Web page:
Do you want a professional ruling class governing the world? Because, that’s exactly what the globalists want. They want the masses to accept whatever laws, taxes and restrictions that are imposed on them, without questioning. The more discouraged voters become, the happier the globalists are, because the fewer people that vote, the easier it is for the globalists to accomplish their ends. An ignorant, confused public becomes apathetic and is easily swayed. Globalists work hard at keeping it that way.

Globalists can be very professional in their lying. After all, it’s for “The Greater Good”. They have convinced a lot of people to believe in the noble lie that greater “sacrifices” are needed to help those less fortunate than ourselves, and Americans should feel guilt and shame for having it so good. They talk about “giving back” as if we have taken something from someone else in the first place. But in truth, the small in number ruling class ends up taking what’s ours and keeping it for themselves. Poor people remain in poverty and the middle class joins them. And those who thought their government would  carry them find out they’re being taken for a ride.

So, how would you describe your political philosophy? Do you believe that politicians should do what their constituents want? If so, you need to accept the fact that a globalist will never represent you or your vote. You have to vote them out. It doesn’t matter whether they are Republican or Democrat. Chelene Nightingale has called those two the “U.N. parties”. Their opinions of what is good for Americans will always be colored by their international interests. The money in their pockets will tell you whose pocket they are in.

The issues that differentiate Democrats from Republicans are the old-fashioned concepts of liberalism vs. conservatism, which are significant only to a point. Whether a politician is liberal or conservative makes little difference if factories are being shut down here and moved to China (which continues to happen under both Republican and Democrat leadership). Politicians like Diane Feinstein have directly impacted trade agreements with China which have made her husband rich.  And Obama’s “Job Czar” has created lots of jobs in China by moving them from America to China. And of course his company, General Electric, paid no income taxes this year, despite huge profits. These are the kinds of people who benefit from Globalism. You think they’re for the “little guy”?

Are you going to continue to vote for those who gave us Obamacare? Who gave us the so-called stimulus and the bailouts for banks and corporations “too big to fail”? Why haven’t there been any consequences for those who created the housing crisis and the banking crisis? All those CEOs and their friends in Congress are doing fine. They didn’t lose their livelihoods, their homes, their savings, their retirement. Are you going to continue to vote for those who promised jobs and an economic recovery? Are you going to continue to vote for politicians who called for the end of war in the middle east while Bush was President, but support war under Obama? Do you still believe in “Change”? Are you still willing to chase the carrot year after year? Don’t you see the game these globalists play?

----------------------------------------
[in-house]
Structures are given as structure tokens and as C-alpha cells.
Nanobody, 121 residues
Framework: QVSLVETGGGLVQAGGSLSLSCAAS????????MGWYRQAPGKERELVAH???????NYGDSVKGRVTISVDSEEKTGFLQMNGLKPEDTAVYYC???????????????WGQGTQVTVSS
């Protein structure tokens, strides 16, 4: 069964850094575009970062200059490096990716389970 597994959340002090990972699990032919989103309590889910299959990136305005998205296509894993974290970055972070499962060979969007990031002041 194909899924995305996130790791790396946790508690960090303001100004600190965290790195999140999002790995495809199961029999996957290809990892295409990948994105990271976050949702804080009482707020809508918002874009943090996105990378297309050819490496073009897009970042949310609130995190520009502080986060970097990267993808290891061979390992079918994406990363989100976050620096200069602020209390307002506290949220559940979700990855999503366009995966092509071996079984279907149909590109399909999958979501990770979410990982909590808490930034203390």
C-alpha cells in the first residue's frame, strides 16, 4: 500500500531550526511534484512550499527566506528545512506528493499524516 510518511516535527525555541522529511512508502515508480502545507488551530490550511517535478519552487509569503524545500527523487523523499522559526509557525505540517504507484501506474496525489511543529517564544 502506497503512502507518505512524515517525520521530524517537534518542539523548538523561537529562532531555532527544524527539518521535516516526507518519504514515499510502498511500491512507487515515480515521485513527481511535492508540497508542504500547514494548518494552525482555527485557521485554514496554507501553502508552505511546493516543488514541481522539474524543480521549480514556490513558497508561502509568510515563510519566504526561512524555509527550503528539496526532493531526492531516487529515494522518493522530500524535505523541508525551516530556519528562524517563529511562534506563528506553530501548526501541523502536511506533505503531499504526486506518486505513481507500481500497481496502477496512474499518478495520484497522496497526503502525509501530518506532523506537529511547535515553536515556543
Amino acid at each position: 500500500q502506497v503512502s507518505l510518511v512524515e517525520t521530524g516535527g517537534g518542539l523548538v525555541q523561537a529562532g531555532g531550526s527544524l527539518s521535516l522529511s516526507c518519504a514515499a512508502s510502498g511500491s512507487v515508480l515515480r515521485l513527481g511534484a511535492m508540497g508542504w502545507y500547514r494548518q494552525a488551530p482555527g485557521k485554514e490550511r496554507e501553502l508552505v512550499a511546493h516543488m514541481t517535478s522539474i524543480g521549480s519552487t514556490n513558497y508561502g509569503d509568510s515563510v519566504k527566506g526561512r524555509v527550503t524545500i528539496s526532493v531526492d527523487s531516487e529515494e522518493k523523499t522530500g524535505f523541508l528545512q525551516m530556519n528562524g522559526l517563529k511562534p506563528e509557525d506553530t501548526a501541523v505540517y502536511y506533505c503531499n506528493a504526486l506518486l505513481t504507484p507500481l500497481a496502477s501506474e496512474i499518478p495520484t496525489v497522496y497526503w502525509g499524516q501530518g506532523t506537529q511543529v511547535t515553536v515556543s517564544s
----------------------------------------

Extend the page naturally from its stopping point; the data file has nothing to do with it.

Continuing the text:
I believe in freedom. With a few exceptions, I don’t see the kind of leadership this country needs to preserve our freedom. Instead, both Republicans and Democrats have led us to the brink of disaster. Not only in terms of our economy, but in terms of how we see ourselves. Historically, Americans have considered themselves the champion of Liberty, not by military might, but by living as a free nation, demonstrating the superiority of freedom by example and inspiring the world to follow. That is what being the leader of the free world used to mean.

But our globalist leaders have put a stop to that. Both the Republicans and Democrats owe too much allegiance to the United Nations and have allowed the national interests of the United States of America to take a back seat to international concerns. Both parties have trampled on the Constitution. And the sad fact is that most elected politicians don’t really pay any attention to the Constitution at all, despite the fact that they take an oath to protect and defend it.

If you believe that politicians should do what their constituents want, then take action. Start by reading the Constitution. It’s a very small document and is easily purchased. It wouldn’t hurt to read the Declaration of Independence, either. That’s what gave birth to this great nation. It’s what we celebrate on July 4th. Second, find candidates who will represent you and whose only agenda is to govern according to the Constitution. You will have to look beyond the Democrats and Republicans to do that.

They aren’t the only two political parties. There are others. Look them up on the internet. You may find a so-called third party that inspires you. I recommend the Constitution Party. It is a small group, but they believe in the essence of America: freedom for all, as enshrined in the Constitution. All they need is you, the American public, to join in their dream (and in the work) and together we can make our country the embodiment of freedom again.

You have to ask yourself what you believe in. “I’m not sure,” just doesn’t get it.

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About retiredday

I am Michael D. Day, a regular, everyday guy -- retired. I stand for God-given freedom, which means I think for myself. I believe in being civil, because the Bible teaches that we should love our enemies. But I also believe in saying it how I see it, and explaining just why I see it that way, sort of like 2 Timothy 4:2.